What might be “Socially Acceptable” and “Not Socially Acceptable” elements of “structural” racism.
Formation: systemic change reflections
The earth herself, burdened and laid waste, is among the most abandoned and maltreated of our poor; she “groans in travail” (Rom 8:22)
What can we learn about being chang agents from imitating God’s model of bringing about a change in our ways of thinking?
We must think of the bigger picture beyond and own immediate needs and even beyond first aid measures as important as they are.
Listening to “A Daring Prudence,” Fr. Robert Maloney’s overview of the development of the Vincentian Family, evoked metaphors from photography.
“Search out more than ever, with boldness, humility, and skill, the causes of poverty and encourage short and long term solutions. adaptable and effective concrete solutions.” St. John Paul II
Reading our “declaration of independence” can serve as an examination of conscience on the struggles in living out this declaration over the two and a half centuries since then.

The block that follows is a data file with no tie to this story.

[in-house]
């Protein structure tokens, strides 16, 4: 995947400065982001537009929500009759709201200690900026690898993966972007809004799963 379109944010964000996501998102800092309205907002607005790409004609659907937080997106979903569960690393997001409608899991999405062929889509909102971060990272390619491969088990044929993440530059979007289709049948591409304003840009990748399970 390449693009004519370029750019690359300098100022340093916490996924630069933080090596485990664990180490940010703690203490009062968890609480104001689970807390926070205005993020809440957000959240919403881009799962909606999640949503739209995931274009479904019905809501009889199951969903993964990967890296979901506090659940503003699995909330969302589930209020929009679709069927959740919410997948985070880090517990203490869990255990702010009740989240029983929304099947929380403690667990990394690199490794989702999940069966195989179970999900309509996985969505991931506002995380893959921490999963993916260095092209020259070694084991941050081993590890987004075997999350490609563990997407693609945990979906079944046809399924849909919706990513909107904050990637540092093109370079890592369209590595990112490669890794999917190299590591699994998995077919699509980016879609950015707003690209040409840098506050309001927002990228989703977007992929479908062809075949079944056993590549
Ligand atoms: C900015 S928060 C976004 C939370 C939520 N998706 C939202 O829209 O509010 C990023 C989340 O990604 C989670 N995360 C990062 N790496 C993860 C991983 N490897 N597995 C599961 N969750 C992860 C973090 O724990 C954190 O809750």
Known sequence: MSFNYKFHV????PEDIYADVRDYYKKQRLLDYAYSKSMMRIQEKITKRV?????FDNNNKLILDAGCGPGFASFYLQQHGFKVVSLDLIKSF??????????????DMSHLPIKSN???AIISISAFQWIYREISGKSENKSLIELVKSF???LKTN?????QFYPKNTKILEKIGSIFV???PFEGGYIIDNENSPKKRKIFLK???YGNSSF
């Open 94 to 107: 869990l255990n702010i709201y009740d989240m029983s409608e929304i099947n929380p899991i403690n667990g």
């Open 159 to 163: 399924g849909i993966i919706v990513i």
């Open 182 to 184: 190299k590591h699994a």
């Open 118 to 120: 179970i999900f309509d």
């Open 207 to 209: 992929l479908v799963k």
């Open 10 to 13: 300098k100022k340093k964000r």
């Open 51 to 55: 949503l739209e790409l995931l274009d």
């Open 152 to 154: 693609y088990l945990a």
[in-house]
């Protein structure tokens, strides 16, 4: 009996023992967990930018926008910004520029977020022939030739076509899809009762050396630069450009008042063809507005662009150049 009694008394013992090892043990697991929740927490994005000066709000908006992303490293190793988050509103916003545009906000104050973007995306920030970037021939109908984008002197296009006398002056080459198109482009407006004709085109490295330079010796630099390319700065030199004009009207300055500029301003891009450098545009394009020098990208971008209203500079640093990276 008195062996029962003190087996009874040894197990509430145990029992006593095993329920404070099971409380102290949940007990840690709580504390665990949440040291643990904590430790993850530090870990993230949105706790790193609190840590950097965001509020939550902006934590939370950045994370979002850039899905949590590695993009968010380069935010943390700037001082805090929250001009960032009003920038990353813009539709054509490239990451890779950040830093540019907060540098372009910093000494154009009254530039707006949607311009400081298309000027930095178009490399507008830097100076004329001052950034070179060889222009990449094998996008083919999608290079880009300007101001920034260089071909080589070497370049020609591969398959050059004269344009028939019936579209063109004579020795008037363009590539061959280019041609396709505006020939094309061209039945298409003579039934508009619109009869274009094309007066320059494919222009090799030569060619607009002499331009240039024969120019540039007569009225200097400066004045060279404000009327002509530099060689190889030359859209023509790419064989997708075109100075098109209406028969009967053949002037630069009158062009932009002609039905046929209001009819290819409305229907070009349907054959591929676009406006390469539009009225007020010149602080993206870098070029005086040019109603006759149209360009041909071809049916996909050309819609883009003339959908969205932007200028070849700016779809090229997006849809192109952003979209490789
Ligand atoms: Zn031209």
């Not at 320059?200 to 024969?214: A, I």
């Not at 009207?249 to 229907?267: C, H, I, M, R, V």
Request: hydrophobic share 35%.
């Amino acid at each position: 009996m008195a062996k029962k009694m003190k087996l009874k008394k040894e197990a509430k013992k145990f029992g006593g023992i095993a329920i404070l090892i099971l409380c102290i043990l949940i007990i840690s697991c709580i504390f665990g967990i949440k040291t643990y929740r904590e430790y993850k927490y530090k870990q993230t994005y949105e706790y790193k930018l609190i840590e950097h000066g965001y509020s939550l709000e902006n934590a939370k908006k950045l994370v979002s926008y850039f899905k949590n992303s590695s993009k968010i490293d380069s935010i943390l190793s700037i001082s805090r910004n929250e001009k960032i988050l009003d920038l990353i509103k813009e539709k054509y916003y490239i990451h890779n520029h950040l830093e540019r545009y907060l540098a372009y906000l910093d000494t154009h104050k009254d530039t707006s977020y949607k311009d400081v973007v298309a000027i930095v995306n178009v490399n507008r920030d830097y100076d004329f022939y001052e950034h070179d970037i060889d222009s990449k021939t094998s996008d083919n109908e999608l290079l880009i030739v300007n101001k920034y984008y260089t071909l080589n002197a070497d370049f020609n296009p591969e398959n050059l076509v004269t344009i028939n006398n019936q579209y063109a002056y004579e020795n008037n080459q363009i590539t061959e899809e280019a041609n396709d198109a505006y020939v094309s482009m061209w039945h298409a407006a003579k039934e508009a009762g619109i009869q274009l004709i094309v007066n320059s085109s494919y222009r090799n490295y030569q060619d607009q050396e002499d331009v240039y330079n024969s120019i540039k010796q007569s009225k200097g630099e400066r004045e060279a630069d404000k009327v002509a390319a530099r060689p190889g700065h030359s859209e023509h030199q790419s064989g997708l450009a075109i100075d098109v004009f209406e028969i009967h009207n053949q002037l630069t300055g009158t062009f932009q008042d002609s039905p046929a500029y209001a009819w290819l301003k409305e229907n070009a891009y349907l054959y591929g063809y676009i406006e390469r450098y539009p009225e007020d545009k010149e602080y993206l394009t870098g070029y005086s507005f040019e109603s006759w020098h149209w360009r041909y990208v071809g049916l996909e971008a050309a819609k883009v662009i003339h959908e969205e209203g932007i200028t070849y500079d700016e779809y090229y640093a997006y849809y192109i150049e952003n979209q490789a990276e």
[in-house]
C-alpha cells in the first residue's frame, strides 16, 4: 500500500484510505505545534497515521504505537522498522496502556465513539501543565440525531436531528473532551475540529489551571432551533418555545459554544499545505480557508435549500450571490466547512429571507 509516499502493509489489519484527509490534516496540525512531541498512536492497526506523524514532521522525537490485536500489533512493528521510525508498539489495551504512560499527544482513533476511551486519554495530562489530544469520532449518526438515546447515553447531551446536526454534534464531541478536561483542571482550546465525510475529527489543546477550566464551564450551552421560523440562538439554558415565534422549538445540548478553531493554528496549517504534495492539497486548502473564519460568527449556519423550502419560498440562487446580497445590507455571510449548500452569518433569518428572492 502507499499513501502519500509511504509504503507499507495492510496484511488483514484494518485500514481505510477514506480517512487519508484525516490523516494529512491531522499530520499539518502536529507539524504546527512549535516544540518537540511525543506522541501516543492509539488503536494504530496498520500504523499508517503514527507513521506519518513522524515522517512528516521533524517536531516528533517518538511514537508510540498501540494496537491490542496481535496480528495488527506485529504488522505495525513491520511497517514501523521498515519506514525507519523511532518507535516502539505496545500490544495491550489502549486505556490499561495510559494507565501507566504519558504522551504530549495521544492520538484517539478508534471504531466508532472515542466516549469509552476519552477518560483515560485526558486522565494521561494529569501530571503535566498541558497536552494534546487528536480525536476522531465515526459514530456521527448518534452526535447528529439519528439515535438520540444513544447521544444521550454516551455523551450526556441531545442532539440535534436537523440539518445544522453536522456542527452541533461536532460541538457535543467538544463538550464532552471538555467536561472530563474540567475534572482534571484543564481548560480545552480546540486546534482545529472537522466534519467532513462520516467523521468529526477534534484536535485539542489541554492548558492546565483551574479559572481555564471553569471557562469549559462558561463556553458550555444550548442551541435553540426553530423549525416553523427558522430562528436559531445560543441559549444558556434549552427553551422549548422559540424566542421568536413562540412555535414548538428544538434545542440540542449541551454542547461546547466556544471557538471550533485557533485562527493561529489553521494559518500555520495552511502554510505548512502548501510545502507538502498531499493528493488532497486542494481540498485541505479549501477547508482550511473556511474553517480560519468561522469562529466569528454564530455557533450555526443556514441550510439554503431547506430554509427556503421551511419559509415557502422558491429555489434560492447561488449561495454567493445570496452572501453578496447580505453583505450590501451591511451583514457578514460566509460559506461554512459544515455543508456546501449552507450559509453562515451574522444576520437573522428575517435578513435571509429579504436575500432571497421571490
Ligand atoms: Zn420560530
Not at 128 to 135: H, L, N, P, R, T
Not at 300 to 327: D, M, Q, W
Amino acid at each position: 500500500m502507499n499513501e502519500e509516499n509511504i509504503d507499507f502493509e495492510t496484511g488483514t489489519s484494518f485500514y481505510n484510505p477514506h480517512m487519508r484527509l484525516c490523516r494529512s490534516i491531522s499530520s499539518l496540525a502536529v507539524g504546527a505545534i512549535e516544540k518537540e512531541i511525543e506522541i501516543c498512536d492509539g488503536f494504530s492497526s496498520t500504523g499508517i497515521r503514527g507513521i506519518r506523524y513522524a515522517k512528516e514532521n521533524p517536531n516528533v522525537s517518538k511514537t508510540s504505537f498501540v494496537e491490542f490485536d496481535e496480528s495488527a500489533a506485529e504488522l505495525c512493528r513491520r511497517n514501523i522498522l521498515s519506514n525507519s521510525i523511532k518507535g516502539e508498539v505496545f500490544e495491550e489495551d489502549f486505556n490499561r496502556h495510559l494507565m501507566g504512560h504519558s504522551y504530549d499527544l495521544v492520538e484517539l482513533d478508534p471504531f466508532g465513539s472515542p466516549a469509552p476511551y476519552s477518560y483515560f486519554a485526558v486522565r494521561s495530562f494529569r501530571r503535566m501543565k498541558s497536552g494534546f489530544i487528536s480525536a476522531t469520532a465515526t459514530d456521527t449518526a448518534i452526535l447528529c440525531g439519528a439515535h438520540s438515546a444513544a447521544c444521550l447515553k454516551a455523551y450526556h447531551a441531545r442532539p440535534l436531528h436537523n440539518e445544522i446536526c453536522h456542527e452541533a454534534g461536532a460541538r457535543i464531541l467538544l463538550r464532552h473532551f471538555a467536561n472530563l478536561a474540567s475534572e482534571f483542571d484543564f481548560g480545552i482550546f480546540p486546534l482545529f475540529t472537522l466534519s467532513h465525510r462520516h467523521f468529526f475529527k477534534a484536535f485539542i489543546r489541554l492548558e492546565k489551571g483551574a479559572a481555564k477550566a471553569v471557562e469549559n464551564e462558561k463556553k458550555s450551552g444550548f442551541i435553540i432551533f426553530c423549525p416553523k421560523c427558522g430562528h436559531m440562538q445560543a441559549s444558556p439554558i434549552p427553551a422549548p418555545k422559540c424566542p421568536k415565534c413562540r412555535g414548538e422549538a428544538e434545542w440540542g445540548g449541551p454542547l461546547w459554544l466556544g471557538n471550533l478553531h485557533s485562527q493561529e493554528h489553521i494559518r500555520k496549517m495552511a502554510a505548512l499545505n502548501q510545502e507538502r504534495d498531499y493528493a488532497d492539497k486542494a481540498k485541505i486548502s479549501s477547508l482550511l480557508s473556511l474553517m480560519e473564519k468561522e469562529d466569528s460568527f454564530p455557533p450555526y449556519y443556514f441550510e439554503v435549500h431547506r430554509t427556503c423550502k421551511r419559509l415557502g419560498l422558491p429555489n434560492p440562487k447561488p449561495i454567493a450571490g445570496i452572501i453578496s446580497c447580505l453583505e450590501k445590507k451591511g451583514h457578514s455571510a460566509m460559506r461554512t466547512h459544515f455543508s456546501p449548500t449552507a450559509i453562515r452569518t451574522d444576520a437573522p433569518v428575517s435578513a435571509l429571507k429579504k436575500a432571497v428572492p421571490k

It is all too easy to fall into the trap of sharing bad news. Rather… let’s SHARE GOOD NEWS! Affirm it, publicize it when we see it!
Have you ever walked past a homeless person lying on his back on the sidewalk? Did it stir up any mixed feelings? Maria Shriver shares an incident in her life.
“Everybody wants a revolution, but nobody wants to do the dishes.”
One of the big challenges many of us face is not only to think beyond ourselves. We also need to change the way we think about how we serve the needs of our sisters and brothers.
System leaders focus on creating the conditions that can produce change and that can eventually cause change to be self-sustaining.